A Homily for the Third Sunday after Pentecost
Texts: 2 Corinthians 4:13-5:1; St. Mark 3:20-35
Grace to you and peace from God our Heavenly Father and Christ Jesus our Lord, who unites us into one holy family. Amen.
“Arise, O Lord, and judge your own cause. Remember your reproaches to those who are filled with foolishness all through the day. Listen to our prayers, for foxes have arisen seeking to destroy the vineyard whose winepress you alone have trod.”
These are the opening words of the papal bull, Exsurge Domine (the Latin phrase that leads off the document) signed by Pope Leo X threatening to excommunicate Martin Luther in the year 1520. When Luther refused to recant, he was formally excommunicated a year later at the Diet of Worms. Excommunication, at the time, carried with it dire political consequences in addition to the spiritual; Luther became a fugitive, under constant threat of execution. And while the pope’s language was strong (later in the same bull, he called Luther a destructive hog threatening the Kingdom of God), the polemic would soon get worse. The German Reformers were called demons, and Father Martin himself was called the Anti-Christ. One sixteenth century Catholic painter depicted the former monk as having scaly, cloven hooves – as though this Saxon priest were the devil incarnate.
It’s the same accusation we see leveled against Christ today in our reading from Saint Mark’s Gospel. After a whirlwind opening to his ministry in which Christ began healing, casting out demons, calling disciples, and proclaiming repentance and the coming Kingdom of God, and after a brief-but-testy showdown with the Pharisees over healing on the Sabbath, Jesus is back home when the crowds pack in around him. The multitudes gather in not because they are eager to repent and follow this strange new teacher but because they want to see the weirdo who’s been saying such outlandish things. They’ve come to gawk like the crowed that gathers any time there’s chaos in the streets. “He’s gone out of his mind,” they say.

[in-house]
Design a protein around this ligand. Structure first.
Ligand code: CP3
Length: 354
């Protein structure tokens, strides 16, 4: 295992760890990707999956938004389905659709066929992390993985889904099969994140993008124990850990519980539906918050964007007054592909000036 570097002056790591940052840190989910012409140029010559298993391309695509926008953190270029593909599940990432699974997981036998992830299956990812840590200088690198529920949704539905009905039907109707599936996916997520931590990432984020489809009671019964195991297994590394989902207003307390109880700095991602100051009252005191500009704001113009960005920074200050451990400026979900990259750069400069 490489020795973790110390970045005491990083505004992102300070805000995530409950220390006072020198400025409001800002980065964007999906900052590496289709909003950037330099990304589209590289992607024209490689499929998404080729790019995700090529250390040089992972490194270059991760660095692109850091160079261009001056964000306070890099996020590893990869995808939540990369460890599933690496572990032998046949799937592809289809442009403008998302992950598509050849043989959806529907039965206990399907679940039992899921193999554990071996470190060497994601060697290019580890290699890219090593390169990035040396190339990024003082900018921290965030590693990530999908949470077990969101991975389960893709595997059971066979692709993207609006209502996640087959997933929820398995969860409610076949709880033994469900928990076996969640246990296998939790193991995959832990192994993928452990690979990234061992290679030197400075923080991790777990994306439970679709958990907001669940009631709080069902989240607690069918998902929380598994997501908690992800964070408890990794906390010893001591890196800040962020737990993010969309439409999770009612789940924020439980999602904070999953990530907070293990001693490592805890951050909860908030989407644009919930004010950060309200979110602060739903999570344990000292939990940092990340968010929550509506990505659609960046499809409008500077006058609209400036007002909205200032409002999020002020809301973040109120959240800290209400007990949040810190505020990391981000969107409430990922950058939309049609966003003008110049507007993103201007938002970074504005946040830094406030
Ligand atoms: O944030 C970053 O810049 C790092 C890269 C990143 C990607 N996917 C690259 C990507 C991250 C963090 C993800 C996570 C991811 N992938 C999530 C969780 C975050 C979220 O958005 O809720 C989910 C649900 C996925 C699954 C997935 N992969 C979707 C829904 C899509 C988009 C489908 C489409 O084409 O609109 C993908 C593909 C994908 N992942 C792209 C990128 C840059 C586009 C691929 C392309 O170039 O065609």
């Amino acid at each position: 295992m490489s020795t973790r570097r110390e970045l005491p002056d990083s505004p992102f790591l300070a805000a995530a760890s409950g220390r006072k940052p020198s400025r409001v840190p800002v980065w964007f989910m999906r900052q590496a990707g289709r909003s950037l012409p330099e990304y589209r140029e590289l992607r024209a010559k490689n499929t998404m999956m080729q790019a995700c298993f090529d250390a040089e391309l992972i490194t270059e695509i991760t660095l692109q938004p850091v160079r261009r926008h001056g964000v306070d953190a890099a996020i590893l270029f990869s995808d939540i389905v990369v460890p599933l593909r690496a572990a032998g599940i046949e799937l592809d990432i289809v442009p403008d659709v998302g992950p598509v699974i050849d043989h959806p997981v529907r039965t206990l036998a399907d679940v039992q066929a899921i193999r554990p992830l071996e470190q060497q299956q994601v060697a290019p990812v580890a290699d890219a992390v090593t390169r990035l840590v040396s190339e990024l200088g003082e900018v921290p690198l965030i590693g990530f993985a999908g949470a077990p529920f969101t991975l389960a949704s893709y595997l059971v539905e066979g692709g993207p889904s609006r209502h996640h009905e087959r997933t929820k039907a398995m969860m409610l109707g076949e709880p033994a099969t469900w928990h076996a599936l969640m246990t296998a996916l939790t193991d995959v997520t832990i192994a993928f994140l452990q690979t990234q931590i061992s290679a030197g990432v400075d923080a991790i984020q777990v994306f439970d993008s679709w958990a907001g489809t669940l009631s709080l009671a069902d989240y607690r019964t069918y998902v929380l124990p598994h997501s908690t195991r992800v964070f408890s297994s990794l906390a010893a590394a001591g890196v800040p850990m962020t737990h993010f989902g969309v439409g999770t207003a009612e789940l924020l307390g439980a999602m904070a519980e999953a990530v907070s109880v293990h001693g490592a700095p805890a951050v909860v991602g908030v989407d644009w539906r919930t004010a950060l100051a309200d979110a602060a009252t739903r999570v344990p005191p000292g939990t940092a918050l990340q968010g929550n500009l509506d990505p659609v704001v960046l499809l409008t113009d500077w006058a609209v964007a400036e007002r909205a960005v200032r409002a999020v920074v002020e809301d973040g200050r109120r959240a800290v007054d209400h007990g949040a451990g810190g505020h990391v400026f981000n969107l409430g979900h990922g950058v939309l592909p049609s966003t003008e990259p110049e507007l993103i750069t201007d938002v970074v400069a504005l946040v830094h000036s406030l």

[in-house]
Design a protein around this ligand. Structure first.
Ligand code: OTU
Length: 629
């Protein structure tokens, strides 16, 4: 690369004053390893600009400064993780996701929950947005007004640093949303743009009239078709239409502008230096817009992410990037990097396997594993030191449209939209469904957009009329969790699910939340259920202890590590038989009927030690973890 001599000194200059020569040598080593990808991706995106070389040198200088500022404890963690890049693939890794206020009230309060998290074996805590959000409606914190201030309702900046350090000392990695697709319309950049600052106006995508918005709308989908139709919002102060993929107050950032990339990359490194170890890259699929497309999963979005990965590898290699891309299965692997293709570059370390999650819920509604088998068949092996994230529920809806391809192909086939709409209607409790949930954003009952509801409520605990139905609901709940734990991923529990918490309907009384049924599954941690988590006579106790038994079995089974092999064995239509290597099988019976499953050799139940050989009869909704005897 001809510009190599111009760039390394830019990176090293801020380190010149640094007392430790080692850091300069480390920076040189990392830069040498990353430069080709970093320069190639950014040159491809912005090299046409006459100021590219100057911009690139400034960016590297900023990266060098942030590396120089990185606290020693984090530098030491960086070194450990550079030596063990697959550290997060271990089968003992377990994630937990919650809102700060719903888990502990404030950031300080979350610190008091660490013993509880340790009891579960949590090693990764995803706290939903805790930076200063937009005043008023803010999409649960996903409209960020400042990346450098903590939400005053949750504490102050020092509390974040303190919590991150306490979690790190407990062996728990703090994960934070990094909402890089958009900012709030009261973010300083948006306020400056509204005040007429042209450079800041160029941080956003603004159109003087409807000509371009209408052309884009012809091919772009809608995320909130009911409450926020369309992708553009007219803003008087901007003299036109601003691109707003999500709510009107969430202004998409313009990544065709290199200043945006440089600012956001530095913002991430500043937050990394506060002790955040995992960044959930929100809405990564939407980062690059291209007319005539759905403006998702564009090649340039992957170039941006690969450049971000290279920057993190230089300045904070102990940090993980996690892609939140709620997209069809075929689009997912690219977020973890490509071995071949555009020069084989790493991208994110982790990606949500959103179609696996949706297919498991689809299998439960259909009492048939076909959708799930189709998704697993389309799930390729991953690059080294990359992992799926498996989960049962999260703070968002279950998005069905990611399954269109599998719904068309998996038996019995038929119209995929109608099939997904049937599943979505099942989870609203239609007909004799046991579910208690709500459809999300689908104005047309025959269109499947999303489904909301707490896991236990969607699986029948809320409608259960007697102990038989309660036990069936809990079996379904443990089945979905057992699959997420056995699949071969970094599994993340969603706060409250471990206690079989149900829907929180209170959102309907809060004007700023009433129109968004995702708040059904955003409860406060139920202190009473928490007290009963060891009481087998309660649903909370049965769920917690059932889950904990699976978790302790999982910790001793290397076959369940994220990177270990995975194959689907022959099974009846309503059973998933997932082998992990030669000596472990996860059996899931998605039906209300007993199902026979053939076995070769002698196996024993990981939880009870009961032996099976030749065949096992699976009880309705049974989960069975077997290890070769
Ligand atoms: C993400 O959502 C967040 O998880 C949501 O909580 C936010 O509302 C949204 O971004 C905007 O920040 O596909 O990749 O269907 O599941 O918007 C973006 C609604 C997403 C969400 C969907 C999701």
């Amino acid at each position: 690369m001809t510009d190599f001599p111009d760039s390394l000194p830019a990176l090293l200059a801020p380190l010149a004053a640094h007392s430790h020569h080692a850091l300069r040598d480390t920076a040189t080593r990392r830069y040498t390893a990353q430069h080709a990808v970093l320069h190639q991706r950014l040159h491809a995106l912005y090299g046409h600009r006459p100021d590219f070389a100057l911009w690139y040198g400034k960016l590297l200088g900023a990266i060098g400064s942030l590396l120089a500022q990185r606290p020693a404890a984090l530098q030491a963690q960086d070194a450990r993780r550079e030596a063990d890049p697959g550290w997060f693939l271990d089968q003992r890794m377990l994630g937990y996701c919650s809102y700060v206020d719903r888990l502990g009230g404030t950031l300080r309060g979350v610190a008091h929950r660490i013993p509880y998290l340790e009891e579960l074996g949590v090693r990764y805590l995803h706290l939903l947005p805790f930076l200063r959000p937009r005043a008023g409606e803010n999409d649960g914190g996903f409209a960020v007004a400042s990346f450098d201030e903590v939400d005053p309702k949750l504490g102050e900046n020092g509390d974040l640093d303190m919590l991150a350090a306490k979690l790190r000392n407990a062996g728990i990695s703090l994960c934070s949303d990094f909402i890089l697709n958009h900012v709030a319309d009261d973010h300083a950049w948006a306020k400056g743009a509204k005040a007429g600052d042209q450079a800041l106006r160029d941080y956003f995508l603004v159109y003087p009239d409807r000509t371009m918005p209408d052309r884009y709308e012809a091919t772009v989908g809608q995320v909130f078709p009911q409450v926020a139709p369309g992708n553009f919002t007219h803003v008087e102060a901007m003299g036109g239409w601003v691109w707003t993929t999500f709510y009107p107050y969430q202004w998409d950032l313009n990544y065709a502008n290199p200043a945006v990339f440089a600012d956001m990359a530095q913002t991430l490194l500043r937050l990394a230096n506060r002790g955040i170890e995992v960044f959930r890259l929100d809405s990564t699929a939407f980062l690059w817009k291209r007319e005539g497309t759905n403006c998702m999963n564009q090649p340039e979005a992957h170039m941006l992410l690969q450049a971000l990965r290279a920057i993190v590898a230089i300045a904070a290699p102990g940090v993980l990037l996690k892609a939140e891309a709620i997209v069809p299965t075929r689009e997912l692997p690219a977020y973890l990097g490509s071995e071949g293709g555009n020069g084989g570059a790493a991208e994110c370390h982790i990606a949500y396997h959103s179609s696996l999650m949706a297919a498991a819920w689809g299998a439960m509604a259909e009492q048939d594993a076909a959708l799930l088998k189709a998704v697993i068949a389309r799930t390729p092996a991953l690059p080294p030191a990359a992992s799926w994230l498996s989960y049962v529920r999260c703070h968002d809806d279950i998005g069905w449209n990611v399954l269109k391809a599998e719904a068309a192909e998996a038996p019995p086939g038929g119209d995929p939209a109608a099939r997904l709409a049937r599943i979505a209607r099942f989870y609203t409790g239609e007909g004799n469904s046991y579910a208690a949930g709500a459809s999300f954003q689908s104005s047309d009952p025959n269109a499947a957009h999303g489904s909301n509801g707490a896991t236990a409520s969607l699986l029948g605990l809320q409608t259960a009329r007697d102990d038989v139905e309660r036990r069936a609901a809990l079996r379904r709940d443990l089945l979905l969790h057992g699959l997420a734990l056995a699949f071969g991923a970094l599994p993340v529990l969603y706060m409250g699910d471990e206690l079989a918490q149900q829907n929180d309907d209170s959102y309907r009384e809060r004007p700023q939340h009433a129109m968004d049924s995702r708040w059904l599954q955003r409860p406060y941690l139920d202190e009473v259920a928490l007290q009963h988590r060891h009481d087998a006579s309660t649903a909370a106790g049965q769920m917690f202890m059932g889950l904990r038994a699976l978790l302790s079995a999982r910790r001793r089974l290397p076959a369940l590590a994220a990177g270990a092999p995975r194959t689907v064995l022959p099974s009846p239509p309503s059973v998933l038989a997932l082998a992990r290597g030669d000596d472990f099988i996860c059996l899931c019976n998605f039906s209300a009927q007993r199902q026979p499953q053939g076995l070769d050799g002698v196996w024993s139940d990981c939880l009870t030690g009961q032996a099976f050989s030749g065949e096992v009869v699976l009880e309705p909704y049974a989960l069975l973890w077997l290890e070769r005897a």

And then the Scribes, the religious leaders from Jerusalem who’ve come to investigate the commotion coming out of Nazareth, say that “He has Beezebul [fun side note: literally, “Lord of Flies”], and by the ruler of demons he cast out demons.”
Even Jesus’ own family members try to keep him quiet as the authorities turn their attention to this upstart zealot – perhaps for fear of what the Romans and their collaborators might do if they get wind of Christ’s ministry. You can almost picture his brother James elbowing him in the ribs and harshly muttering under his breath: “Shut up! Don’t you know that we’re a powder keg about to explode? Haven’t you seen the crosses on the side of the road? Do you know what’ they’ll do if the chief priest or the governor gets wind of what you’re saying?”
Doing the work of God is rarely popular. It requires that we speak truth to power, that we take positions that put us out of step with the dominant culture. In a world marked by the demonic powers of violence and greed, to speak words of peace and act sacrificially is to come into direct conflict with the rulers of this world.
But working for the Kingdom will always be met with staunch resistance as the powers of this world cling to their authority.
Consider how the prophets were mistreated, driven out of cities, and even murdered. When the kings of old did what was wicked in the Lord’s sight, those who spoke on God’s behalf faced mockery and scorn, violence and bloodshed. They were accused of treason.